After four long years, Bollywood's showman has returned to his directorial roots. With a massive period film. A few days before the release of his epic, Kisna, rediff.com's Raja Sen catches up with Subhash Ghai for an exclusive three-part interview, beginning today.
What are the expectations from Kisna?
The people from Sony Music called -- the music is doing very well. It's currently number one on the charts. I hope the film does that well. A lot of pain and hardship has gone into making this film, and we haven't been able to sell it because it doesn't have a star cast to speak of. And it's a period film, which is expensive: we went on spending because we didn't want to compromise on the quality of the film.
You spend three times as much money, and four times as much energy, time and labour trying to recreate the atmosphere of 1947. Every detail needs to be looked at. We had to recreate the world of my grandfather.
Paudi Gadwal, Uttaranchal; Badrinath; Mukteshwar . The story is a journey from Devpriya to Delhi, so we had to go for authentic locations. It's difficult because all the buildings have been modernised now. We had to shoot the Haridwar rail station, but the new station has been built, so we had to find an old station. A lot of detailing had to be done.
Are you satisfied with the way the film has turned out?
Yes. At the moment, I've lost my judgement but I know I was excited writing and shooting the film. We've all been very happy. Closer to the release, you're just waiting for the reaction of the media and the people -- all art needs reconfirmation from the people. This is for the people, and it's a mainstream film, to appeal to masses and the classes.
We have two cuts of Kisna. The English version, The Warrior Poet, is a two-hour cut, and the Hindi film is two hours, 50 minutes. I hired a British editor, with British sensibilities for the film, in order to craft it to be something they like. He didn't cut all the songs. Seven songs in Hindi have been cut to three-and-a-half songs in the English version because he loved the songs and the picturisation. When I asked him why should the Western audience watch this film, he replied, 'Because it's a trip to India.' Colours, music, emotions, relationships.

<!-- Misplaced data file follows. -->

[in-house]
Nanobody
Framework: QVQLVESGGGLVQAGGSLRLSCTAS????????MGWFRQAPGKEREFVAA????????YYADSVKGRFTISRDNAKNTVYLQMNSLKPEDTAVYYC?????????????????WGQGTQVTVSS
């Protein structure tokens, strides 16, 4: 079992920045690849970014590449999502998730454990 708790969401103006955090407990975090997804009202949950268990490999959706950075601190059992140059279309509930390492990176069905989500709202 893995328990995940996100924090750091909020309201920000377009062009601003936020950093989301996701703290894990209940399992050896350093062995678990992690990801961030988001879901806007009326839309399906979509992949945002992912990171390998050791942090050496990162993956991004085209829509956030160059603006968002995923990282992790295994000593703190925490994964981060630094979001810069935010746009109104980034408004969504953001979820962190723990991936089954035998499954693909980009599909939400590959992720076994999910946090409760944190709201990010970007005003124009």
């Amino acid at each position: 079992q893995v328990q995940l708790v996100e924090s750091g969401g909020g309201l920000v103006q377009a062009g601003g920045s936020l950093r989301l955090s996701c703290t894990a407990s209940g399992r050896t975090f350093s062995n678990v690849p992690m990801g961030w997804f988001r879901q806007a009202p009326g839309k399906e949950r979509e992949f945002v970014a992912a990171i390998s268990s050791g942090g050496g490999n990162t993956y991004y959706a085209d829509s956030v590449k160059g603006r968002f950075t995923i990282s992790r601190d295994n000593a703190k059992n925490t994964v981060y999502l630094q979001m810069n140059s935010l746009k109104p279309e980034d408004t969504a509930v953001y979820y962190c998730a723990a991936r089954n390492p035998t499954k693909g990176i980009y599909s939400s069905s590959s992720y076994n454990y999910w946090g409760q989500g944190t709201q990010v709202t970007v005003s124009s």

I am hopeful that it'll work with the Western audiences. I'm targeting an April/May release overseas.
You've been the first to start making films for the international audiences, ever since Pardes
The audience is there and it's growing. You need to grow. Suppose tomorrow I come to know that the Japanese or the Chinese are interested in watching Hindi films, then I'll certainly incorporate some of their cultural aspects in my films.
It's all about the relationship between a performer and his audience. We observed that the NRI audience grew after the success of Khalnayak. Hum Aapke Hain Kaun and Dilwale Dulhaniya Le Jayenge packed the theatres abroad! So I made sure my movies grew into films for the Indian Diaspora, and weren't limited to domestic audiences.
Now, the audience has grown further: not just Indians abroad, the world wants to see Hindi films! Across Europe -- France, Germany, England -- and the US, they all want to watch Indian films. The interest is there, so I developed this film in two versions.
Kisna is a story with universal appeal. It is an amazing story with great appeal, for every human being on earth!
So you're very confident about the film?
We need to be; it's better we be confident!
Is the film set in 1947? From the promos and the movie stills, it looks much older.
The fact is, it's set in the interiors, the Indian heartland. Even if you go today, it'll still look and feel like it's the 19th century. The interiors have been neglected by civilisation, and Kisna is based in a deeply neglected area. Which is why, even in the 1940s, it looks older.
Do you think this film will work? A film like Yaadein worked well with the US audience but this is a period film. Isn't that always a harder proposition?
The backdrop may interest audiences partly, but the strength is in the story. This film could be set anywhere, at any time. Eighty per cent of the film is the storytelling -- it creates the entertainment. When you watch Kisna, you start relating to it, and the settings. You begin to live with the people of that era, and understand what they were going through. You will relate to Kisna!
Mr Ghai's photograph: Jewella C Miranda